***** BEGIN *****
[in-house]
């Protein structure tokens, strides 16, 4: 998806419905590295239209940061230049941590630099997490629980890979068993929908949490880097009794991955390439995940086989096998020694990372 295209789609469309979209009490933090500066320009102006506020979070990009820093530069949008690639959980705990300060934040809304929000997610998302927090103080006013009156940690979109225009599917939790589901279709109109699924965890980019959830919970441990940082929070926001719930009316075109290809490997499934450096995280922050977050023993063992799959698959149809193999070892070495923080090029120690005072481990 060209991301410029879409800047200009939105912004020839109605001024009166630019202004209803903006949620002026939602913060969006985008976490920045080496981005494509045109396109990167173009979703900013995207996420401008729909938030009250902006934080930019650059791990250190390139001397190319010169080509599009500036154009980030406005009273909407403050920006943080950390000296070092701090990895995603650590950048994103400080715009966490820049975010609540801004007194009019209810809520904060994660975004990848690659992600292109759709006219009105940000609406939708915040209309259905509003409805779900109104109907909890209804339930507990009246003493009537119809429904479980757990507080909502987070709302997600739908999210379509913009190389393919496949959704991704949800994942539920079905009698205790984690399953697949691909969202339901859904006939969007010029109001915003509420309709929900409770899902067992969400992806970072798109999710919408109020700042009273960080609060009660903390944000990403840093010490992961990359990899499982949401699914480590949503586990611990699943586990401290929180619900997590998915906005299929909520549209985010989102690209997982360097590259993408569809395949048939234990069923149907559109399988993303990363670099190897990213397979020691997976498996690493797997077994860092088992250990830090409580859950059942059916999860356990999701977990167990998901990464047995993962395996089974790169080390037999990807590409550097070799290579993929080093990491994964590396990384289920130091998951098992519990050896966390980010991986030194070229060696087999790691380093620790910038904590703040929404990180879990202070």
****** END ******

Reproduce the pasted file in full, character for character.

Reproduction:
[in-house]
């Protein structure tokens, strides 16, 4: 998806419905590295239209940061230049941590630099997490629980890979068993929908949490880097009794991955390439995940086989096998020694990372 295209789609469309979209009490933090500066320009102006506020979070990009820093530069949008690639959980705990300060934040809304929000997610998302927090103080006013009156940690979109225009599917939790589901279709109109699924965890980019959830919970441990940082929070926001719930009316075109290809490997499934450096995280922050977050023993063992799959698959149809193999070892070495923080090029120690005072481990 060209991301410029879409800047200009939105912004020839109605001024009166630019202004209803903006949620002026939602913060969006985008976490920045080496981005494509045109396109990167173009979703900013995207996420401008729909938030009250902006934080930019650059791990250190390139001397190319010169080509599009500036154009980030406005009273909407403050920006943080950390000296070092701090990895995603650590950048994103400080715009966490820049975010609540801004007194009019209810809520904060994660975004990848690659992600292109759709006219009105940000609406939708915040209309259905509003409805779900109104109907909890209804339930507990009246003493009537119809429904479980757990507080909502987070709302997600739908999210379509913009190389393919496949959704991704949800994942539920079905009698205790984690399953697949691909969202339901859904006939969007010029109001915003509420309709929900409770899902067992969400992806970072798109999710919408109020700042009273960080609060009660903390944000990403840093010490992961990359990899499982949401699914480590949503586990611990699943586990401290929180619900997590998915906005299929909520549209985010989102690209997982360097590259993408569809395949048939234990069923149907559109399988993303990363670099190897990213397979020691997976498996690493797997077994860092088992250990830090409580859950059942059916999860356990999701977990167990998901990464047995993962395996089974790169080390037999990807590409550097070799290579993929080093990491994964590396990384289920130091998951098992519990050896966390980010991986030194070229060696087999790691380093620790910038904590703040929404990180879990202070």